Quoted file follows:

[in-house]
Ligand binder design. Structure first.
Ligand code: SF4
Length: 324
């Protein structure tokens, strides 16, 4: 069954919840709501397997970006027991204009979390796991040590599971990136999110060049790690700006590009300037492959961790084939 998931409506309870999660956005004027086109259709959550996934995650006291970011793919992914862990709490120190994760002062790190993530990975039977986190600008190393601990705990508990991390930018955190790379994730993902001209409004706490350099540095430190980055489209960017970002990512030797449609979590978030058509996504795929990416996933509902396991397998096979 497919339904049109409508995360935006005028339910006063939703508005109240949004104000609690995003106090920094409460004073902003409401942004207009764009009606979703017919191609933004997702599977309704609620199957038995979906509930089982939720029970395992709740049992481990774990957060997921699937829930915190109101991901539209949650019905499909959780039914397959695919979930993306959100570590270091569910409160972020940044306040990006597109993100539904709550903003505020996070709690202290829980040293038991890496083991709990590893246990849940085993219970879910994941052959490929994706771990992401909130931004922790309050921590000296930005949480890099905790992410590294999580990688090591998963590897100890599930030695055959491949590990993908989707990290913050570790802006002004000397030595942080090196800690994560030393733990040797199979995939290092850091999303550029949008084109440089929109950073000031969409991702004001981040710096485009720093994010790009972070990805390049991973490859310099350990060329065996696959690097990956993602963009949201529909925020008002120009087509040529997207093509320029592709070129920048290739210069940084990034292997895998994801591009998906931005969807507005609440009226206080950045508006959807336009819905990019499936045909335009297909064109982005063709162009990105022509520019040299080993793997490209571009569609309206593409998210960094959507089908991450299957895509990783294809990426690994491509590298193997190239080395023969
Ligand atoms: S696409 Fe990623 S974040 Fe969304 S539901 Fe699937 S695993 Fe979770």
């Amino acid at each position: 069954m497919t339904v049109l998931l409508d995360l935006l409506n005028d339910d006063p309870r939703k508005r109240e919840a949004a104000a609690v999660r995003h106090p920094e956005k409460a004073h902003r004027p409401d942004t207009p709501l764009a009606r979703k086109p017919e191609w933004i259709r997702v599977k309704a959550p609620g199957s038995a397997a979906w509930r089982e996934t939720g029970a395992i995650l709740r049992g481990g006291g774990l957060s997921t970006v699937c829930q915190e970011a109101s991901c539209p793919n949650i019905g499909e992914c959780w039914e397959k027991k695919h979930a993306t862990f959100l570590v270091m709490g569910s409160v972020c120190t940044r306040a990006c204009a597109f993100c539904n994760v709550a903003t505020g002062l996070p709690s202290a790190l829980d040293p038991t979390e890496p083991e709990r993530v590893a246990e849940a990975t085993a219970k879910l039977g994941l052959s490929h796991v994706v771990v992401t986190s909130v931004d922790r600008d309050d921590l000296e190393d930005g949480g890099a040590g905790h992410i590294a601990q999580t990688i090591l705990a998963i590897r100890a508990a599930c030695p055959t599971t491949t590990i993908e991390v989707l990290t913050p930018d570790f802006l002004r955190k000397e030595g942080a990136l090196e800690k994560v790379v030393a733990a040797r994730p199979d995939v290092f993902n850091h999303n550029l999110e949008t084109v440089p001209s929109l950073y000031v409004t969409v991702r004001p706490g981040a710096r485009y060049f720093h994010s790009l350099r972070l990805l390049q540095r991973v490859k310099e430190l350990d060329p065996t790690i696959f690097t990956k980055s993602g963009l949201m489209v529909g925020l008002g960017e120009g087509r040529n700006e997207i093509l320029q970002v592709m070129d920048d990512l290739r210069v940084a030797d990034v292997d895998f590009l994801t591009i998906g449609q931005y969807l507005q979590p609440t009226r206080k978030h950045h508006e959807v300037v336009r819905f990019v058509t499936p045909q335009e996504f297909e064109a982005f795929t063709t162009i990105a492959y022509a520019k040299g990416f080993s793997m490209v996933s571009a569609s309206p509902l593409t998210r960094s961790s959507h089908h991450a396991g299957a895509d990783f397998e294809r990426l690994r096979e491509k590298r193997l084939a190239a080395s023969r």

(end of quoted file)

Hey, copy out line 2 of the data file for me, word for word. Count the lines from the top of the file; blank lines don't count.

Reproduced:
Ligand binder design. Structure first.